Hello. How are you? It’s been quiet here for a bit. Deadlines and such. I will probably be a little light on posting for a while longer, but I am just over the hump. I’m gonna make it after-all! Perhaps when this is all said and done I should make a trip to Minnesota just so I can toss a hat into the air and really drive the point home. Or I could just sit and DO NOTHING. That would be nice, too.
Oh yes, before I move on to the topic of this post, my third book is now available on Amazon. It won’t be out for another eight months, and they are yet to include the cover, but there it is with an ISBN number and everything. Yep.
I’ll wait at least until the cover is available publicly before writing more on that.
Next week I am traveling to Denver, Colorado to speak at the Denver Botanic Gardens. I’ve been looking forward to this one since the opportunity came up last year. I’ve heard such good things about the gardens, most especially the alpine collection and the hike at Mount Goliath. I am getting the cameras packed and ready in anticipation.
I’ll be giving two talks on this trip. The first is a visual presentation on growing food in difficult spaces. I hate to give the same talk twice, so if you’ve seen me lecture on this before, you can expect some new photos and ideas. The second is a more intimate conversation for and with garden writers. I’ll be sharing some of my experiences and the lessons I’ve learned along the way.
This last year has been a particularly busy one. When I set out to prepare for this second presentation I began to feel like a fraud. It felt like the expectation of this particular talk was one in which I should be giving advice that I had learned and had moved past. ….And, now everything is great and my professional life is perfect! I am perfect and my teeth are extremely shiny!
“I don’t like people who have never fallen or stumbled. Their virtue is lifeless and it isn’t of much value. Life hasn’t revealed its beauty to them.” – Boris Pasternak
No, as the realization that I would be giving this particular talk crept up on me, I began to feel very vulnerable. And lame. The truth of the matter is that recently, I haven’t been following my own advice: play has completely fallen to the wayside in favour of long hours at my desk; I’m horribly out of shape after months and months of parking my ass on this chair; I’m failing my friends who never see me and only hear complaints of how busy I am when they do, and I’m failing my partner who has to deal with my constantly cranky demeanour. Based on my own personal measure of success, I’m a complete and utter failure. Fail, fail, fail. D- in life.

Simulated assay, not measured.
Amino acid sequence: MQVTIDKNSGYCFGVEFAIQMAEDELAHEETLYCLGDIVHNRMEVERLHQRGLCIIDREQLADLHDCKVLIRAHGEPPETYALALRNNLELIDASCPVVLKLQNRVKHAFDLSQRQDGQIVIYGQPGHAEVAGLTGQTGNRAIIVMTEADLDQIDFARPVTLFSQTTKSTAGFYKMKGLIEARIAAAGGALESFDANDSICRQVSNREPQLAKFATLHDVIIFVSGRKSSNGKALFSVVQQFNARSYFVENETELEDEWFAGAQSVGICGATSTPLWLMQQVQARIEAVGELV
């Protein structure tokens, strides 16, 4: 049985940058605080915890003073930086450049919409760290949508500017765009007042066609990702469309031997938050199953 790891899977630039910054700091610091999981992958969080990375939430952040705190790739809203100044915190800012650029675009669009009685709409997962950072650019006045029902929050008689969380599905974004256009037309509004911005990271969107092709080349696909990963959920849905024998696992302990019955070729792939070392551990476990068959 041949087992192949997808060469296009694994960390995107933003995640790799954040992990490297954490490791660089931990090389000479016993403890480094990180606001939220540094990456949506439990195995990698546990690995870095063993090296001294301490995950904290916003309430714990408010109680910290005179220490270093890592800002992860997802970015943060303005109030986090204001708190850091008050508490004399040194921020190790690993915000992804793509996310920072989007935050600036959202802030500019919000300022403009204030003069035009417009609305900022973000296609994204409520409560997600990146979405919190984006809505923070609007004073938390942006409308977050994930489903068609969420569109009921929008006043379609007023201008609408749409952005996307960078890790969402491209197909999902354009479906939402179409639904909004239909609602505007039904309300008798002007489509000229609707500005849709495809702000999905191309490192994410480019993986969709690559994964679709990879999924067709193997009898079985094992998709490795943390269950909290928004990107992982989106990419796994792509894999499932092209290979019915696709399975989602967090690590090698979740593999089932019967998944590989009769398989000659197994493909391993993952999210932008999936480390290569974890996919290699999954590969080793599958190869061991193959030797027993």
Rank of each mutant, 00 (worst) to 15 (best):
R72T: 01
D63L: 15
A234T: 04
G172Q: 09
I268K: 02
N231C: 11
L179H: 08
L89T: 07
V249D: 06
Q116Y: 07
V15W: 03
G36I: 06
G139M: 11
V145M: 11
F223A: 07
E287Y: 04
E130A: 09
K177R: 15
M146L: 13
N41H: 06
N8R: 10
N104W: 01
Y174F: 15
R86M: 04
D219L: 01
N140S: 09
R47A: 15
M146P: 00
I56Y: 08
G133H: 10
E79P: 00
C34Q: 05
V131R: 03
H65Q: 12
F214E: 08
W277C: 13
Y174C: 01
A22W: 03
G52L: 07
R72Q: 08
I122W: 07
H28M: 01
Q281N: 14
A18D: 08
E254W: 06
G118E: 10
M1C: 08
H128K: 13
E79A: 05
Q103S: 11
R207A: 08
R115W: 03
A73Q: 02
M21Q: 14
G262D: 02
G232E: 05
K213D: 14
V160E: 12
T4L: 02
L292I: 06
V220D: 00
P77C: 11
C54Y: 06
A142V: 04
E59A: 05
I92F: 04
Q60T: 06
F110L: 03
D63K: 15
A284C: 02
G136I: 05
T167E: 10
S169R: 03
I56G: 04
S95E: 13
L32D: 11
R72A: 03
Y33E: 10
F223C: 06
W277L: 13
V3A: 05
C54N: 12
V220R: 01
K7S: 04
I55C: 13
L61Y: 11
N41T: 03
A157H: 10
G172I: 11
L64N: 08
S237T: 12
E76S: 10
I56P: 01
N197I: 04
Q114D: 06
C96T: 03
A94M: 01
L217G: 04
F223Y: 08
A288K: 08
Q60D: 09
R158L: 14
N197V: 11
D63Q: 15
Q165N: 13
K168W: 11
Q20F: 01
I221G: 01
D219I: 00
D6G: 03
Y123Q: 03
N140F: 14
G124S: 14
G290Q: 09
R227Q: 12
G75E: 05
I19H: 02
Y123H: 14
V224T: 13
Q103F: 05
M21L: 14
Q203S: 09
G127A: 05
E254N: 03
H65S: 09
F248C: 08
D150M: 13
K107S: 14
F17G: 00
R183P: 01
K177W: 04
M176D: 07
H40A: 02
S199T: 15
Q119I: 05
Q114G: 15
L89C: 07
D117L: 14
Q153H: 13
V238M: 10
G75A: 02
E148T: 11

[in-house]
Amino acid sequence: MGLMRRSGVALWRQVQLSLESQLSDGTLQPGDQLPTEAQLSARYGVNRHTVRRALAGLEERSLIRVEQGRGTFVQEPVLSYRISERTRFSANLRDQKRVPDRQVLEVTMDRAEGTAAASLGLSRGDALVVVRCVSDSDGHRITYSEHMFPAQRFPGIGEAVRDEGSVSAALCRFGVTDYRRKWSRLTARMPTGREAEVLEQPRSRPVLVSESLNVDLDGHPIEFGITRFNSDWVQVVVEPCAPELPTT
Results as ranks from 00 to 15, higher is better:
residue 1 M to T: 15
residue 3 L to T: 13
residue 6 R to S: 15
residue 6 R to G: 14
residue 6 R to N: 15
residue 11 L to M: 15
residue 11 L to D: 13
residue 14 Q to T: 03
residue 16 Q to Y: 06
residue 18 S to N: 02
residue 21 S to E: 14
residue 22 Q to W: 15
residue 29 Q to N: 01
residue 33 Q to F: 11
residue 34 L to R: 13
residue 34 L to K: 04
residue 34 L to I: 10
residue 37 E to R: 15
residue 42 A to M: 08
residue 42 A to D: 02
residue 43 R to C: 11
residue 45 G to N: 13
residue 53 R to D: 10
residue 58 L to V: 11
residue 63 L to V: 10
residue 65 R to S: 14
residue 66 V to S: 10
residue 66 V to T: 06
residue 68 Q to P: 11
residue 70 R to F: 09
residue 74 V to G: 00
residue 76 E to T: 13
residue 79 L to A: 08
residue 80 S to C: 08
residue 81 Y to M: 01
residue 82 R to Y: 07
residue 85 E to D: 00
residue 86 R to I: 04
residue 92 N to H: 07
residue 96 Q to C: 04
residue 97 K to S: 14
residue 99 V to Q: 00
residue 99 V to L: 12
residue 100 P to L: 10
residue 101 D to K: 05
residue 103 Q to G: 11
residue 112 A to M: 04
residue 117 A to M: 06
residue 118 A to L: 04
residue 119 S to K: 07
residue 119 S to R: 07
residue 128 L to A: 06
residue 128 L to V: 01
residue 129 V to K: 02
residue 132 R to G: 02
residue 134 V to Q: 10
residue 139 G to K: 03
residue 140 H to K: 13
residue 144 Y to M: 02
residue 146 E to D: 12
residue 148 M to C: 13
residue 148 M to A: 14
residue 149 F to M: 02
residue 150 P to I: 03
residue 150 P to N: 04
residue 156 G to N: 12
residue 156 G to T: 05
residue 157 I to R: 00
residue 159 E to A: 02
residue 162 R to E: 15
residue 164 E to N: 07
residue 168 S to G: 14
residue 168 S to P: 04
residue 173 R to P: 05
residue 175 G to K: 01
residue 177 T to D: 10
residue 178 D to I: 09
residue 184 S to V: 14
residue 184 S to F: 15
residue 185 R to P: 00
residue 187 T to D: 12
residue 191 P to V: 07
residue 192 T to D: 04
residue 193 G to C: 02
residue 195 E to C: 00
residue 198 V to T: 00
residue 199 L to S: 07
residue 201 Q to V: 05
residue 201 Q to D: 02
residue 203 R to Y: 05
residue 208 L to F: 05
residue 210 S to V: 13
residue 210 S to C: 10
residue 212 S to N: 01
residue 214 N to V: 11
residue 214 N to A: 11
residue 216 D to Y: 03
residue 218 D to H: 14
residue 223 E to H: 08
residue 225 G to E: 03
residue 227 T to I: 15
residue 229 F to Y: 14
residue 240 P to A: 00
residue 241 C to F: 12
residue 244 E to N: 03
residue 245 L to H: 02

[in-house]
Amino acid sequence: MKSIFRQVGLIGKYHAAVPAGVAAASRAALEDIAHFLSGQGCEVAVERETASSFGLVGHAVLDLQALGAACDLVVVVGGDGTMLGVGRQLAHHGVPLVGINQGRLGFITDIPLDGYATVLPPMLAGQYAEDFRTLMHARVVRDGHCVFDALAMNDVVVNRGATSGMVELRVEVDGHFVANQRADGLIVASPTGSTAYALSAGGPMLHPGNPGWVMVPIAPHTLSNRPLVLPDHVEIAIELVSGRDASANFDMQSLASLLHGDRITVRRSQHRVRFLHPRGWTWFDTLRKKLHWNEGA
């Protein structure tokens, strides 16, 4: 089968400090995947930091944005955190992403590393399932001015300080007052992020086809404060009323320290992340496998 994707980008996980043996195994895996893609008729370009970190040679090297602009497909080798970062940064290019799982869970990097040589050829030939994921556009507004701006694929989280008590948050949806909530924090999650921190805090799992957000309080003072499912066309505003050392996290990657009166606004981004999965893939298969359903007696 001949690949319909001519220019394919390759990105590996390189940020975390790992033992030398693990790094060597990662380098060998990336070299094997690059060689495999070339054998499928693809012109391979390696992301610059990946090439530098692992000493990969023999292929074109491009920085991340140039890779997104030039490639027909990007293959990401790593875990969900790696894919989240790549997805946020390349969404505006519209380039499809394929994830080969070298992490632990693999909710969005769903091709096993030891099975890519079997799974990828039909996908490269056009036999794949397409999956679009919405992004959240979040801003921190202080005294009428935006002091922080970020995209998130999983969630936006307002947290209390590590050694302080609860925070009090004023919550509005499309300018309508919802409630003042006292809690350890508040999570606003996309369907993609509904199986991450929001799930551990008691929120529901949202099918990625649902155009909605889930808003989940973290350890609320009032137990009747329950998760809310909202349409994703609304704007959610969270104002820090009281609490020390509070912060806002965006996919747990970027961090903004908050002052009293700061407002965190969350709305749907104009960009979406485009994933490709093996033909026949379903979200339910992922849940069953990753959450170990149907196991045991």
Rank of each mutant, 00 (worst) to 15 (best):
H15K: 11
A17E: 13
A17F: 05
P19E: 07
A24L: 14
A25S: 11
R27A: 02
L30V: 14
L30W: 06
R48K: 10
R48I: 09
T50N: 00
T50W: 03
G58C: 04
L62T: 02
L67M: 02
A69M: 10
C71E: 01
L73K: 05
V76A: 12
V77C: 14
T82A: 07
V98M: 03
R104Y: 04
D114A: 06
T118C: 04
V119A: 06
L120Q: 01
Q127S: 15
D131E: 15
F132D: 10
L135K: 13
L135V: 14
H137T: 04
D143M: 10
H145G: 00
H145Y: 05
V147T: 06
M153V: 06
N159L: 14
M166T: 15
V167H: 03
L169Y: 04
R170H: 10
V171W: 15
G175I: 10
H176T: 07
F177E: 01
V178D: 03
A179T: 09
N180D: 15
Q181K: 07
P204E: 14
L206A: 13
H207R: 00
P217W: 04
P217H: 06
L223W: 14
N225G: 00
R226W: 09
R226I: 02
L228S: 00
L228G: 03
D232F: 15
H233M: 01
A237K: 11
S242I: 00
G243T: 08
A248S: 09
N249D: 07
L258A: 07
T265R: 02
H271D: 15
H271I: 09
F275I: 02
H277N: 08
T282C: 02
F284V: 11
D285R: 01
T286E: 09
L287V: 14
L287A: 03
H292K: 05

My teeth have never been shiny. They are actually quite crooked and a bit of a mess, really.
On the plus side, I’ve been doing a lot of re-evaluating these past months and had already come to the conclusion that I needed to go back to these old, hard won lessons and reassert them into my life, hardcore. Looking back on my past as I put this presentation together really drove the importance of these ideas home. I made certain choices for a reason, and I’ve suffered recently because I wasn’t putting enough of them into practice. I am tired, overworked, and have lost all perspective.
This experience has made me wonder: When we go to hear people speak, do we want to hear from shiny people with perfect teeth who have it all together, or do we want to hear about the struggles alongside the successes? For those of you who are planning to come out to this talk, expect to hear from someone who is slightly (very) dishevelled, fallible but honest (mostly), and still figuring things out, especially when it comes to being a writer.